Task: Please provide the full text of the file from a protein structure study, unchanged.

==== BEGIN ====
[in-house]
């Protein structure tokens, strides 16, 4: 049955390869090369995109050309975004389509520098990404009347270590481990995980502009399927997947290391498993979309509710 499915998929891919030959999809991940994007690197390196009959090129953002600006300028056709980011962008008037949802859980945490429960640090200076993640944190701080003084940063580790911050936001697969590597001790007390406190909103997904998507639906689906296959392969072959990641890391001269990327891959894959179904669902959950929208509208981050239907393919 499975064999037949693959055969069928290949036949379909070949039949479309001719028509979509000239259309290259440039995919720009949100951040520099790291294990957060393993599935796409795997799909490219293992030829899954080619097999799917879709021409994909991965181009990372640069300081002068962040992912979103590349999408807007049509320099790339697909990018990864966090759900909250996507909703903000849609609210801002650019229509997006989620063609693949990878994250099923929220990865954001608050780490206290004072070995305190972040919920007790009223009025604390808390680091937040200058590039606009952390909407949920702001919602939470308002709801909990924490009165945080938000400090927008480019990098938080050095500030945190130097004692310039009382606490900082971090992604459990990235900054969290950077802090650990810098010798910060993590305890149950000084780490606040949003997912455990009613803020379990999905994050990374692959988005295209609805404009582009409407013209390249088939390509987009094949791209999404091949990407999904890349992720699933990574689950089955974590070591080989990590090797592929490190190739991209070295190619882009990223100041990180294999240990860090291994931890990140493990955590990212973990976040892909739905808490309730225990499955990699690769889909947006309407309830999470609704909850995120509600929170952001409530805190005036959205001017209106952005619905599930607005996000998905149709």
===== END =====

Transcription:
[in-house]
């Protein structure tokens, strides 16, 4: 049955390869090369995109050309975004389509520098990404009347270590481990995980502009399927997947290391498993979309509710 499915998929891919030959999809991940994007690197390196009959090129953002600006300028056709980011962008008037949802859980945490429960640090200076993640944190701080003084940063580790911050936001697969590597001790007390406190909103997904998507639906689906296959392969072959990641890391001269990327891959894959179904669902959950929208509208981050239907393919 499975064999037949693959055969069928290949036949379909070949039949479309001719028509979509000239259309290259440039995919720009949100951040520099790291294990957060393993599935796409795997799909490219293992030829899954080619097999799917879709021409994909991965181009990372640069300081002068962040992912979103590349999408807007049509320099790339697909990018990864966090759900909250996507909703903000849609609210801002650019229509997006989620063609693949990878994250099923929220990865954001608050780490206290004072070995305190972040919920007790009223009025604390808390680091937040200058590039606009952390909407949920702001919602939470308002709801909990924490009165945080938000400090927008480019990098938080050095500030945190130097004692310039009382606490900082971090992604459990990235900054969290950077802090650990810098010798910060993590305890149950000084780490606040949003997912455990009613803020379990999905994050990374692959988005295209609805404009582009409407013209390249088939390509987009094949791209999404091949990407999904890349992720699933990574689950089955974590070591080989990590090797592929490190190739991209070295190619882009990223100041990180294999240990860090291994931890990140493990955590990212973990976040892909739905808490309730225990499955990699690769889909947006309407309830999470609704909850995120509600929170952001409530805190005036959205001017209106952005619905599930607005996000998905149709």